Safe new home for kiwi
Little Motutapu is just 11 days old, but this kiwi is kicking and fighting for the survival of the nation's symbol.
Motutapu, named after his new home, was among five Coromandel brown kiwi released yesterday on Motutapu Island, in the Hauraki Gulf.
Squirming and wiggling, Motutapu put up a fight as he was released to become one of Auckland's closest wild population of kiwi.
The kiwi will be just the first of 50 making a new home on the island, which was declared pest-free in August last year.
Motutapu, two juveniles and two adult lovers were flown in yesterday morning from the population of 1,500 Coromandel brown kiwi across the coast.
Splitting the population reduced the risk of Coromandel kiwi inbreeding and limiting genetic variation within the species.
Sir Graham Henry, patron for charitable trust Kiwis for Kiwis, said he once mistakenly assumed the kiwi population was stable.
"I was deeply concerned to find out that without our help, kiwi would be virtually gone from the mainland in our lifetime," he said in a statement.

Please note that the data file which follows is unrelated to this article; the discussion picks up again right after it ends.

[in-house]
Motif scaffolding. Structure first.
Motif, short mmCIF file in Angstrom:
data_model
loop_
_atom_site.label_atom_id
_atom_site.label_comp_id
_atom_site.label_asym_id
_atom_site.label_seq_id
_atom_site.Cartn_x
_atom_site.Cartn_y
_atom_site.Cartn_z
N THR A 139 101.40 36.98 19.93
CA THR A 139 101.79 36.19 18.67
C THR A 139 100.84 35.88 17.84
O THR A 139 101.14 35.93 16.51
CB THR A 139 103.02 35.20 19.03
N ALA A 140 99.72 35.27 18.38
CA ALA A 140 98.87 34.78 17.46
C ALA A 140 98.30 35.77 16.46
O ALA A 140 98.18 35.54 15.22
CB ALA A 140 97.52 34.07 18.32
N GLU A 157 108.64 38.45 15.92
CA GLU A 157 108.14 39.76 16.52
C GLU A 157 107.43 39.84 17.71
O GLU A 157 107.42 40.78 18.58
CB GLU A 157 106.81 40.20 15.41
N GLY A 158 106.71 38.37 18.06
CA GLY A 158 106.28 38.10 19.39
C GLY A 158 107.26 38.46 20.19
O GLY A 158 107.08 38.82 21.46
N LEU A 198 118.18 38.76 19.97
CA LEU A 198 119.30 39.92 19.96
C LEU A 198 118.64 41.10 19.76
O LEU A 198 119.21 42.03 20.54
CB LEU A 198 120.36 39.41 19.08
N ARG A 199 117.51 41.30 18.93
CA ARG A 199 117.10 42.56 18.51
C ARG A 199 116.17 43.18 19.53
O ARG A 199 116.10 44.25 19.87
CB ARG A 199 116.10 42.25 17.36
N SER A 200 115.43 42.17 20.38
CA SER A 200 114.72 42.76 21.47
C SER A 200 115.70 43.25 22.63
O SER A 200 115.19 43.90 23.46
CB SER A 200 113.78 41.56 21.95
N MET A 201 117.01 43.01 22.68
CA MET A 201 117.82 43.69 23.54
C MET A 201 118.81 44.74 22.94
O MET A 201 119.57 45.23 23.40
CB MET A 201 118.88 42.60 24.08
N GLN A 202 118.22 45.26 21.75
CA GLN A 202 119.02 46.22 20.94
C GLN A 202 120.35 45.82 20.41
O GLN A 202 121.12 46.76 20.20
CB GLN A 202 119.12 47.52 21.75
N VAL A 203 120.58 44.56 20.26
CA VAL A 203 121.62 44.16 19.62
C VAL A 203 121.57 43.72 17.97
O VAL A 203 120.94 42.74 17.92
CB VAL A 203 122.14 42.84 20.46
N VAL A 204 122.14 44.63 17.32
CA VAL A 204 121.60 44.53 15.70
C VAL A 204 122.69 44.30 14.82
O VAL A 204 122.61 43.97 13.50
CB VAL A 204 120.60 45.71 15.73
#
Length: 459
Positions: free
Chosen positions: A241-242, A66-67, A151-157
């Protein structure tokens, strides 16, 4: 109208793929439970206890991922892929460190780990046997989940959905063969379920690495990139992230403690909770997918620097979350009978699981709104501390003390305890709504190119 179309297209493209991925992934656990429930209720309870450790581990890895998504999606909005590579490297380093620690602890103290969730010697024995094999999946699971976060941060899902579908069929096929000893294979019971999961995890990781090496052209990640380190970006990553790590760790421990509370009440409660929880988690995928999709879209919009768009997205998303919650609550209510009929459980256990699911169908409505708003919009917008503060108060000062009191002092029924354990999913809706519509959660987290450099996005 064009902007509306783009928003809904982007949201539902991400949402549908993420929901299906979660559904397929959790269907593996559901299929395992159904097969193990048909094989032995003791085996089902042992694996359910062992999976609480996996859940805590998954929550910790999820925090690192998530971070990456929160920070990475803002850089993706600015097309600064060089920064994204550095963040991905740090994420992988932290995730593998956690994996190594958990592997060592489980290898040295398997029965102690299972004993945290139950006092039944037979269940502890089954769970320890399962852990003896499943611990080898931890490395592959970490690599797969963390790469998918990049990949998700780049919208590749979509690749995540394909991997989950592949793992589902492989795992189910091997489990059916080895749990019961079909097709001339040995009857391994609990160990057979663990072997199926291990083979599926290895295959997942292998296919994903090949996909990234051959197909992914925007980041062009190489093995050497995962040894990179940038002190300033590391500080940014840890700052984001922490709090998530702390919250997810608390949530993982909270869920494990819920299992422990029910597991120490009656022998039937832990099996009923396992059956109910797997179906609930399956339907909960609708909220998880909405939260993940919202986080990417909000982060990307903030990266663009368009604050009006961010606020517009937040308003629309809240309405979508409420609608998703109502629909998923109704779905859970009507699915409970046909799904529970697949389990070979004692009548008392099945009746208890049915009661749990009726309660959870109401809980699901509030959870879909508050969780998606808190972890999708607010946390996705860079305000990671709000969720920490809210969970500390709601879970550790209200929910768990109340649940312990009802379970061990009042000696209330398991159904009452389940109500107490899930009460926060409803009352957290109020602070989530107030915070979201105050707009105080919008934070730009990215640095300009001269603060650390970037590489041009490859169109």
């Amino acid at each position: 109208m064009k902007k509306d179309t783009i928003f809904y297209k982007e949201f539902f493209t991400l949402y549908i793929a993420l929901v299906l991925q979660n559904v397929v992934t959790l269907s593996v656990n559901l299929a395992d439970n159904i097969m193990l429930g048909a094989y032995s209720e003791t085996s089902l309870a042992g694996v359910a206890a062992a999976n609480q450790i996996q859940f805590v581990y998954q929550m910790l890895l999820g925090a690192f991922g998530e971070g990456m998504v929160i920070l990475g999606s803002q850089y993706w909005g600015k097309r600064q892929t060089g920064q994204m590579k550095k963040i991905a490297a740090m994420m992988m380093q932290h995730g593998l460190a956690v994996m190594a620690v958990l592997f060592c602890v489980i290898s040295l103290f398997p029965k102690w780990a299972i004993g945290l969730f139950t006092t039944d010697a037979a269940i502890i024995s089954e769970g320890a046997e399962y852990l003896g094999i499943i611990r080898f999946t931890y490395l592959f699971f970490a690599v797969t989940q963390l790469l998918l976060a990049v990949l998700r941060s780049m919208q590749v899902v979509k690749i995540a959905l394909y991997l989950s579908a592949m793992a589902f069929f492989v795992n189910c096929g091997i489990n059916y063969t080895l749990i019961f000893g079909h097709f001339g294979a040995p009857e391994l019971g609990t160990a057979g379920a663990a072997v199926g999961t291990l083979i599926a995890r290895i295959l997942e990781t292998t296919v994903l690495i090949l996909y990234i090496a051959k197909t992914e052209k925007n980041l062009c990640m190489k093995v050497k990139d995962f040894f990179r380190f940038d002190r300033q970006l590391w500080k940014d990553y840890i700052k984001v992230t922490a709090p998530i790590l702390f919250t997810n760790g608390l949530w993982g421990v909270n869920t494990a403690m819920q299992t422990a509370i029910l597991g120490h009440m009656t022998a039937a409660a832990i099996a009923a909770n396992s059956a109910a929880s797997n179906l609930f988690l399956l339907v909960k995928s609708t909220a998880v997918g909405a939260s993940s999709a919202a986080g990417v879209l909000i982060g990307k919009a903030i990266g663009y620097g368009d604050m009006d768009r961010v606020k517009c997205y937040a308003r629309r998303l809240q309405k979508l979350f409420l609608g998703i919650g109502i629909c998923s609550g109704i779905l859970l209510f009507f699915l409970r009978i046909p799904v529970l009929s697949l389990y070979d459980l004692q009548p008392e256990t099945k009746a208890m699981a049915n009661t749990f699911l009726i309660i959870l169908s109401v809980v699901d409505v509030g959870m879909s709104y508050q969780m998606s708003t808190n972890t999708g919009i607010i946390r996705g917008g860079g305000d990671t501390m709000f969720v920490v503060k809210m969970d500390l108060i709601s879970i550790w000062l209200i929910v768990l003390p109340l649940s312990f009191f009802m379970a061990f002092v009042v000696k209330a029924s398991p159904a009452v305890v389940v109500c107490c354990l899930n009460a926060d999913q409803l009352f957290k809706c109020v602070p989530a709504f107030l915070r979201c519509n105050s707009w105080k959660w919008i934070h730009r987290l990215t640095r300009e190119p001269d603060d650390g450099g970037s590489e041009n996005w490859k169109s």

Kiwi born in unprotected areas have just a five per cent chance of surviving until breeding age.
The Department of Conservation spent two decades ridding Motutapu Island of mice, rats, cats, rabbits, possums and wallabies.
Since then the bird life has returned, including a lone takahe that will be joined by eight friends next month.
Department of Conservation project manager Andrew Nelson had a hand in releasing Motutapu into the wild.
The little guy would spend the day resting then explore his new surroundings, he said.
And the chances of survival are good.
"They're going to have a really good future as long as the island stays pest-free," Nelson said.
Rick Braddock, who farms the island under a lease from DOC, said they've had to fill in the cattle stops and cut back the gorse to prepare for the native birds' arrival.
Up to 50 brown kiwi will be released on Motutapu Island over the next five years.
Some of Motutapu's future baby kiwi could be returned to the Coromandel to mate with their ancestors and increase the diversity of the gene pool.
Kiwis for Kiwis chairman Rob Fenwick said pest-free areas are becoming scarce so habitats like Motutapu Island are a last resort for struggling kiwi populations.